According to DCA, Auslan is recognised as the nationally accepted sign language of Australia's deaf community. While Auslan might be the main sign language, there are secondary sign languages used as well. Auslan can be studied at Year 12 and Melbourne's Kangan Batman TAFE college also offers diploma and certificate level courses in Auslan, integration aides, notetaking and interpreters.

Damian Lacey, chief executive of DCA, says 83 per cent of hearing impaired children in Australia attend mainstream schools. He indicates there will be more challenging career options for teachers of the deaf in the future. "Parents are wanting more highly skilled professionals to be engaged with their children from a range of competencies -- from auditory-verbal therapy to appropriate Auslan skills to more speech support skills and a whole lot of people, interpreters and note takers,'' says Lacey.

Jan Branson, director of the National Institute for Deaf Studies (NIDS) at La Trobe University, says the Department of Education in Victoria has already funded a teacher of Language Other Than English ( LOTE) retraining scheme which allows teachers of the deaf to retrain as Auslan teachers or work as bilingual teachers in state schools.

"NIDS is staffed predominantly by deaf people who do all the language teaching. We provide instruction in Auslan at all levels, training for LOTE bilingual teachers and provide special access for deaf students who wish to study and become community language teachers or work as teacher aides in schools,'' says Branson.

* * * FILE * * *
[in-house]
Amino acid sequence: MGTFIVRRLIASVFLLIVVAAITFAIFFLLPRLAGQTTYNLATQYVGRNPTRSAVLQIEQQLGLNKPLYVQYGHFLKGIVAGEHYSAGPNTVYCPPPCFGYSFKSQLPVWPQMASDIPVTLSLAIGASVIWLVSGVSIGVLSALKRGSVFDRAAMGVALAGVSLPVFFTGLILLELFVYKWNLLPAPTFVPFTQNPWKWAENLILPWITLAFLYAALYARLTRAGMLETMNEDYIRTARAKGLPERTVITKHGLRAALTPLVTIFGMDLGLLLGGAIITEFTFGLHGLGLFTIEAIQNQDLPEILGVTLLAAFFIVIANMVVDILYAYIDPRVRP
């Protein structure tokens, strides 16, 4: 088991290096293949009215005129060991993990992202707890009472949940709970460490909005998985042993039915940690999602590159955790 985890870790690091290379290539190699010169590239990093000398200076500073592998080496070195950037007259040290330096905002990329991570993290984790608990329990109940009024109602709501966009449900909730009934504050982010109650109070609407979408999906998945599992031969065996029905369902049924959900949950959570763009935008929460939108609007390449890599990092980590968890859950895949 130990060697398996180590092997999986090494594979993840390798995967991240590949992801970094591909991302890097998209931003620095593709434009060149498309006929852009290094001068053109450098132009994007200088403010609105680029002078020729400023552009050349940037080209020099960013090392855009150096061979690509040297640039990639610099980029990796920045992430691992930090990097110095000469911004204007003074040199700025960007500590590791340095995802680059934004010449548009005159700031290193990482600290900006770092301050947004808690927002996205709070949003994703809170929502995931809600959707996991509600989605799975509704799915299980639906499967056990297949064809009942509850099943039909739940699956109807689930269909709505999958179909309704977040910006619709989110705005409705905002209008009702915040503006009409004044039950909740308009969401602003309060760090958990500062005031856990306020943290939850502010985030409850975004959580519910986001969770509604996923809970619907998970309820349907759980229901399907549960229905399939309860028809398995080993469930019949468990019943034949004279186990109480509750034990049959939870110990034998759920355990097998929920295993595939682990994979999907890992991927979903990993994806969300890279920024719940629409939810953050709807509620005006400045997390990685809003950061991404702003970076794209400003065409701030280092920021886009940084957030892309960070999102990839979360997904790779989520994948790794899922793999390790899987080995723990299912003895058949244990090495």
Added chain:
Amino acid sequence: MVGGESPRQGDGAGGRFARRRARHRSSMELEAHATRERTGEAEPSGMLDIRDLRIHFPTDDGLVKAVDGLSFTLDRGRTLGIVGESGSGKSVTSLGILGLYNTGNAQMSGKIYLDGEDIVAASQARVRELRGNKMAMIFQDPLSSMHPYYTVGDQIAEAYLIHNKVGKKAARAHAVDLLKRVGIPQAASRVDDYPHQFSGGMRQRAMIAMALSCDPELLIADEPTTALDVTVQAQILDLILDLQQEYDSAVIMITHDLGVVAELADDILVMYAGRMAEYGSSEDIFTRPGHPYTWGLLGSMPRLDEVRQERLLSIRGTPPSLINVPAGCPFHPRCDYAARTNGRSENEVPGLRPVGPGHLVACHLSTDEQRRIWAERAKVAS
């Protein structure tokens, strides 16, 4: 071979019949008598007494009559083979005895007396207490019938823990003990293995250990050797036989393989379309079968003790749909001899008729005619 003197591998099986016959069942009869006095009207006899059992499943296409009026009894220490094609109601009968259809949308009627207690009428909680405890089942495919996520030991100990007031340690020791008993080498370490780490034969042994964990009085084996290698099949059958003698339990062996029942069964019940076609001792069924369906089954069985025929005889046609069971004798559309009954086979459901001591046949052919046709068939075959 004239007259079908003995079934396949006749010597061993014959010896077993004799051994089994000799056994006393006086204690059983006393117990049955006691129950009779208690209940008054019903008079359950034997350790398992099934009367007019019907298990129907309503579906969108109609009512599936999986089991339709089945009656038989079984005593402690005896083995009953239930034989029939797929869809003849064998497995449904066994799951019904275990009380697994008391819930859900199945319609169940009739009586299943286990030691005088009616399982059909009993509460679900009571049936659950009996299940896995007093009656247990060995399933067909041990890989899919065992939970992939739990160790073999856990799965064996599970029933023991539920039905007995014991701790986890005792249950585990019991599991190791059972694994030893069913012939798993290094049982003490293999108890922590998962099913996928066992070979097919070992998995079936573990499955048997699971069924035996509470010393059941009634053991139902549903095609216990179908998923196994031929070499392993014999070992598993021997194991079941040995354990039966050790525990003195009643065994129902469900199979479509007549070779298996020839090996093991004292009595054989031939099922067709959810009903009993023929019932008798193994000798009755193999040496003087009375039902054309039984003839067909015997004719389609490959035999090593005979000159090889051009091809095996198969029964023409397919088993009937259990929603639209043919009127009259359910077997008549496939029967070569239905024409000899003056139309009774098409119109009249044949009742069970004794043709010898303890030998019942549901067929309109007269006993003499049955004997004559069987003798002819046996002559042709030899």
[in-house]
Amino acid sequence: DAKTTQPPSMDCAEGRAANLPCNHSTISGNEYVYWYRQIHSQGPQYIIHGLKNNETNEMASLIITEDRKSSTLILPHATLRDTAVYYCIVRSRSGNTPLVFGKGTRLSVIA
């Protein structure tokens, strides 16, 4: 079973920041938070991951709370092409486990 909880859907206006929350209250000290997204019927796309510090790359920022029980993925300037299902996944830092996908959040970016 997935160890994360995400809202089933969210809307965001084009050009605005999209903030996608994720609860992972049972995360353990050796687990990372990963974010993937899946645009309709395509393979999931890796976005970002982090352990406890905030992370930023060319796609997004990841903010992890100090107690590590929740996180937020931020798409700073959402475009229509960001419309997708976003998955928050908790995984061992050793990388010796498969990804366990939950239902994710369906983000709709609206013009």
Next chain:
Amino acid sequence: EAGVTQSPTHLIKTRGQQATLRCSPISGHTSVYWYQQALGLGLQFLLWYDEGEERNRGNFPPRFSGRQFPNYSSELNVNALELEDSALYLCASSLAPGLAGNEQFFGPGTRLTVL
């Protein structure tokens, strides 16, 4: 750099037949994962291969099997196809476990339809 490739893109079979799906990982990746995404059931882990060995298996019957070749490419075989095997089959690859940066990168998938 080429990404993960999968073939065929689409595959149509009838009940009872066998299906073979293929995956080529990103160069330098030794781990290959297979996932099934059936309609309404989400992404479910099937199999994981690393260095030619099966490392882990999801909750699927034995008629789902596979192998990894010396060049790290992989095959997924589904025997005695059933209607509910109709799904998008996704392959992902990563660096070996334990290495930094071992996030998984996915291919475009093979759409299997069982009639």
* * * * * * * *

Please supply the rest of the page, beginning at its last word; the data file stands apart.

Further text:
Marilyn Dann is a lecturer in the University of Melbourne's education faculty and has been a teacher of the deaf for 27 years. She would love to have many more currently employed teachers to do their postgraduate course. "There are so many vacancies within the field, and it really is a very rigorous course. It requires a great deal of commitment either over the year doing the course in one full-time year or part-time over a couple of years,'' says Dann.

Wigley says as acting co-ordinator of a deaf teaching facility she's faced many challenges. "Looking and assessing each of the children's needs and being able to teach accordingly to develop the child is just a key thing. We don't want them to be really different, we want them to be part of all that goes on here at school because what the facility's here is for an inclusive education,'' says Wigley.

Branson suggests hearing people who wish to become teachers of the deaf must understand that deaf people in Australia consider themselves a linguistic minority, not a disabled group.
"Therefore anyone wishing to teach in that area must have an excellent knowledge of their language and culture,'' says Branson.

Brown advises student teachers of the deaf need a lot of knowledge about how language develops in young children through the years of schooling. "A good teacher of the deaf also needs the attributes of being able to problem solve, to assess that child's performance and plan an appropriate intervention program that's individualised to that student. Those would be the major qualities that a good teacher of the deaf would have,'' says Brown.

Related links:

Rosanna Golflinks PS

Melbourne University Post Graduate Diploma in Educational Studies ( Hearing Impaired)

Deaf Children Australia

National Institute for the Deaf

By Paul Norris, The Weekend Australian, August 26, 2006.